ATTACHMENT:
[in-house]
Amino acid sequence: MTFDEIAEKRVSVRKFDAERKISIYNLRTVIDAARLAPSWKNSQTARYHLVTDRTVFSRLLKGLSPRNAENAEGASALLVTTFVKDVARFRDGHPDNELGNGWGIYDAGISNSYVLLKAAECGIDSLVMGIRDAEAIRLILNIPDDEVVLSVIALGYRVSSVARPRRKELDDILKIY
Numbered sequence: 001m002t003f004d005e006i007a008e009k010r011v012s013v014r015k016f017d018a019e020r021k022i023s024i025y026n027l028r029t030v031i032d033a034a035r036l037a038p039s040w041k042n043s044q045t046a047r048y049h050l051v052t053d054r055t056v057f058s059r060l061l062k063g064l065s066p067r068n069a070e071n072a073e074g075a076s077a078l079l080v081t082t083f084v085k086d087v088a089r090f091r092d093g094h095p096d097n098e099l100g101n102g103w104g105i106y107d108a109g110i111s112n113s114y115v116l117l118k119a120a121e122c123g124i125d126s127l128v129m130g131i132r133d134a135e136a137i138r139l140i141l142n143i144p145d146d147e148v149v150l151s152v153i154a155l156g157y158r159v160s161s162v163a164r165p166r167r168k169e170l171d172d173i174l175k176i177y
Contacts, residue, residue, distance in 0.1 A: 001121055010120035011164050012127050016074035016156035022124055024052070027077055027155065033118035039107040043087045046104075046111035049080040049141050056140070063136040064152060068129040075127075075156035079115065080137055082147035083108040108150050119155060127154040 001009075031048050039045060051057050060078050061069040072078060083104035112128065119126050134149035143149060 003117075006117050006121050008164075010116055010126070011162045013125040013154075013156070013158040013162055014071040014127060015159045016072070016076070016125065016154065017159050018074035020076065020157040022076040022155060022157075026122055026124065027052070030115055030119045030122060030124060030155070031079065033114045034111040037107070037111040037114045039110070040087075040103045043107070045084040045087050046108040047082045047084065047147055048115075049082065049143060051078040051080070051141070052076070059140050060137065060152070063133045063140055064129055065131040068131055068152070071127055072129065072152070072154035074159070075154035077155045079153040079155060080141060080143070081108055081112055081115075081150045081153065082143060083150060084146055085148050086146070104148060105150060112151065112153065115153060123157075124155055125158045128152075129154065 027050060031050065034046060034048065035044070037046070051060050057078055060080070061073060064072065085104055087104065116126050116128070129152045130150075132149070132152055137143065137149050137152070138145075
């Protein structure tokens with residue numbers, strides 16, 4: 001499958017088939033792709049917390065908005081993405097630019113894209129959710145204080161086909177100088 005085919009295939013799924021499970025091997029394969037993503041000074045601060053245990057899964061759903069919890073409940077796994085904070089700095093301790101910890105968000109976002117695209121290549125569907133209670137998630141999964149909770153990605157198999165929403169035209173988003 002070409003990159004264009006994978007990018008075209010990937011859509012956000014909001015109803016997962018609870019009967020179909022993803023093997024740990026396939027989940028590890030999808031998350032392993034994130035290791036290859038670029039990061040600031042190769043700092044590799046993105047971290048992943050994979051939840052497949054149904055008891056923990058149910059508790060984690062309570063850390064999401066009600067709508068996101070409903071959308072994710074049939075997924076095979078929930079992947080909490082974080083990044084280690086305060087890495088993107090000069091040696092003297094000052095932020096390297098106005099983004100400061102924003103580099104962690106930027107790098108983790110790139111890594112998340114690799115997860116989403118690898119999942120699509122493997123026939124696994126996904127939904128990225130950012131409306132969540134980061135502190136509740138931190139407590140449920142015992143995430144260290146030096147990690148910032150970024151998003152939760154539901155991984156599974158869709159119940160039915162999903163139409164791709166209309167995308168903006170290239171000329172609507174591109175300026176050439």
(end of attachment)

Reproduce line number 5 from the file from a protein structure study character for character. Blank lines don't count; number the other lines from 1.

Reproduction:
């Protein structure tokens with residue numbers, strides 16, 4: 001499958017088939033792709049917390065908005081993405097630019113894209129959710145204080161086909177100088 005085919009295939013799924021499970025091997029394969037993503041000074045601060053245990057899964061759903069919890073409940077796994085904070089700095093301790101910890105968000109976002117695209121290549125569907133209670137998630141999964149909770153990605157198999165929403169035209173988003 002070409003990159004264009006994978007990018008075209010990937011859509012956000014909001015109803016997962018609870019009967020179909022993803023093997024740990026396939027989940028590890030999808031998350032392993034994130035290791036290859038670029039990061040600031042190769043700092044590799046993105047971290048992943050994979051939840052497949054149904055008891056923990058149910059508790060984690062309570063850390064999401066009600067709508068996101070409903071959308072994710074049939075997924076095979078929930079992947080909490082974080083990044084280690086305060087890495088993107090000069091040696092003297094000052095932020096390297098106005099983004100400061102924003103580099104962690106930027107790098108983790110790139111890594112998340114690799115997860116989403118690898119999942120699509122493997123026939124696994126996904127939904128990225130950012131409306132969540134980061135502190136509740138931190139407590140449920142015992143995430144260290146030096147990690148910032150970024151998003152939760154539901155991984156599974158869709159119940160039915162999903163139409164791709166209309167995308168903006170290239171000329172609507174591109175300026176050439």